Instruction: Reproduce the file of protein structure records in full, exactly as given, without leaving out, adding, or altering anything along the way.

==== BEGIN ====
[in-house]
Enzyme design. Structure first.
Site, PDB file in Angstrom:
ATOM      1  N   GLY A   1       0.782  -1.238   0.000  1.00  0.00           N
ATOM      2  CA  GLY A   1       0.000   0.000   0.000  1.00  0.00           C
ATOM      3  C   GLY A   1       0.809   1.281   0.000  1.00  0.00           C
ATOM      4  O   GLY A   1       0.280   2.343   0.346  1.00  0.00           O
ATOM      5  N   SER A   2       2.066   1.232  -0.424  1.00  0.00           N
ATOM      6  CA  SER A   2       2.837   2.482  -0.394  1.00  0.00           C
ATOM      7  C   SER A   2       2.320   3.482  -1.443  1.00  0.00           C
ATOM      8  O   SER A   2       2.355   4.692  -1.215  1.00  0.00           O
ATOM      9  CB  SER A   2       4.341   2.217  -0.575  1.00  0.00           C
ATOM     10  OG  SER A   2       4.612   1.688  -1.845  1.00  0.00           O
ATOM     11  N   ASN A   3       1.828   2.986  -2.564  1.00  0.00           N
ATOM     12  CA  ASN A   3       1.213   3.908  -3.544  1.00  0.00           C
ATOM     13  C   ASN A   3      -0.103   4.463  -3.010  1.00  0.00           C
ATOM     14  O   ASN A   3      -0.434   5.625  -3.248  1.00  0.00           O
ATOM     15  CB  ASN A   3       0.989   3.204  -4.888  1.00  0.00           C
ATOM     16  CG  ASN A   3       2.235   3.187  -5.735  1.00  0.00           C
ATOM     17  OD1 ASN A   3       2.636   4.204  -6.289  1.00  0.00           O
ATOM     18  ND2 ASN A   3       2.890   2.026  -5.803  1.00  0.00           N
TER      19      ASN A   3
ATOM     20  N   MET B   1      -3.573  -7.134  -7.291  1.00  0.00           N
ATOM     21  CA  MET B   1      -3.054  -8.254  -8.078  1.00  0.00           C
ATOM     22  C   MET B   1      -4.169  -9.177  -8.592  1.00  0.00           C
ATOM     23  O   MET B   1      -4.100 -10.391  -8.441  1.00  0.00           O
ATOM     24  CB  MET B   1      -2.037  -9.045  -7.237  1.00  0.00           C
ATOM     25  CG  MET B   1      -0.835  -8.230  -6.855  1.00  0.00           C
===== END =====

[in-house]
Enzyme design. Structure first.
Site, PDB file in Angstrom:
ATOM      1  N   GLY A   1       0.782  -1.238   0.000  1.00  0.00           N
ATOM      2  CA  GLY A   1       0.000   0.000   0.000  1.00  0.00           C
ATOM      3  C   GLY A   1       0.809   1.281   0.000  1.00  0.00           C
ATOM      4  O   GLY A   1       0.280   2.343   0.346  1.00  0.00           O
ATOM      5  N   SER A   2       2.066   1.232  -0.424  1.00  0.00           N
ATOM      6  CA  SER A   2       2.837   2.482  -0.394  1.00  0.00           C
ATOM      7  C   SER A   2       2.320   3.482  -1.443  1.00  0.00           C
ATOM      8  O   SER A   2       2.355   4.692  -1.215  1.00  0.00           O
ATOM      9  CB  SER A   2       4.341   2.217  -0.575  1.00  0.00           C
ATOM     10  OG  SER A   2       4.612   1.688  -1.845  1.00  0.00           O
ATOM     11  N   ASN A   3       1.828   2.986  -2.564  1.00  0.00           N
ATOM     12  CA  ASN A   3       1.213   3.908  -3.544  1.00  0.00           C
ATOM     13  C   ASN A   3      -0.103   4.463  -3.010  1.00  0.00           C
ATOM     14  O   ASN A   3      -0.434   5.625  -3.248  1.00  0.00           O
ATOM     15  CB  ASN A   3       0.989   3.204  -4.888  1.00  0.00           C
ATOM     16  CG  ASN A   3       2.235   3.187  -5.735  1.00  0.00           C
ATOM     17  OD1 ASN A   3       2.636   4.204  -6.289  1.00  0.00           O
ATOM     18  ND2 ASN A   3       2.890   2.026  -5.803  1.00  0.00           N
TER      19      ASN A   3
ATOM     20  N   MET B   1      -3.573  -7.134  -7.291  1.00  0.00           N
ATOM     21  CA  MET B   1      -3.054  -8.254  -8.078  1.00  0.00           C
ATOM     22  C   MET B   1      -4.169  -9.177  -8.592  1.00  0.00           C
ATOM     23  O   MET B   1      -4.100 -10.391  -8.441  1.00  0.00           O
ATOM     24  CB  MET B   1      -2.037  -9.045  -7.237  1.00  0.00           C
ATOM     25  CG  MET B   1      -0.835  -8.230  -6.855  1.00  0.00           C